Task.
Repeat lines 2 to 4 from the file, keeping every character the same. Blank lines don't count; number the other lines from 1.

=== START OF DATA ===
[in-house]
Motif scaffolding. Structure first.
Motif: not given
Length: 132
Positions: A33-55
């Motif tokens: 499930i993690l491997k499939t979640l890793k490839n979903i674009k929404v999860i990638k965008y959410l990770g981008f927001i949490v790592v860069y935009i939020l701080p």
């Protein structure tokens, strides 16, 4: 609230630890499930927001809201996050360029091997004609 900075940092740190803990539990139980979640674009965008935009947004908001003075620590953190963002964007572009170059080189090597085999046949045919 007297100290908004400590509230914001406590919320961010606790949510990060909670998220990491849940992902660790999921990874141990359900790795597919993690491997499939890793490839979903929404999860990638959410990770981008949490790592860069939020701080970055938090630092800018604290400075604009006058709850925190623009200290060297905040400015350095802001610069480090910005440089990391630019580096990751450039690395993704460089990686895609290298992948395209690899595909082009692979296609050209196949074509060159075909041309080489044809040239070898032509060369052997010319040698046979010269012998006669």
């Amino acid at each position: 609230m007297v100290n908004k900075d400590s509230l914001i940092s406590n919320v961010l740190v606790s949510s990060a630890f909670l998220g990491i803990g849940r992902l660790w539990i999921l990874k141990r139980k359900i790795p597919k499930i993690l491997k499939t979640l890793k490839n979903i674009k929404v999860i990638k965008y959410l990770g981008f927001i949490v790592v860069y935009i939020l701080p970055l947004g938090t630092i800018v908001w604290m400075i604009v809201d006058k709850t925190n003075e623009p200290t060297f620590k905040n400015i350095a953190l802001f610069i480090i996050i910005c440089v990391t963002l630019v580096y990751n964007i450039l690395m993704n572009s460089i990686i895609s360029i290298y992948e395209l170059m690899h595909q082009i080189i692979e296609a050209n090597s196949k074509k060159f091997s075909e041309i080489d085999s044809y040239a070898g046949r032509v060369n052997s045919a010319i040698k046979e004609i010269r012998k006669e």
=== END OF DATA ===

Motif scaffolding. Structure first.
Motif: not given
Length: 132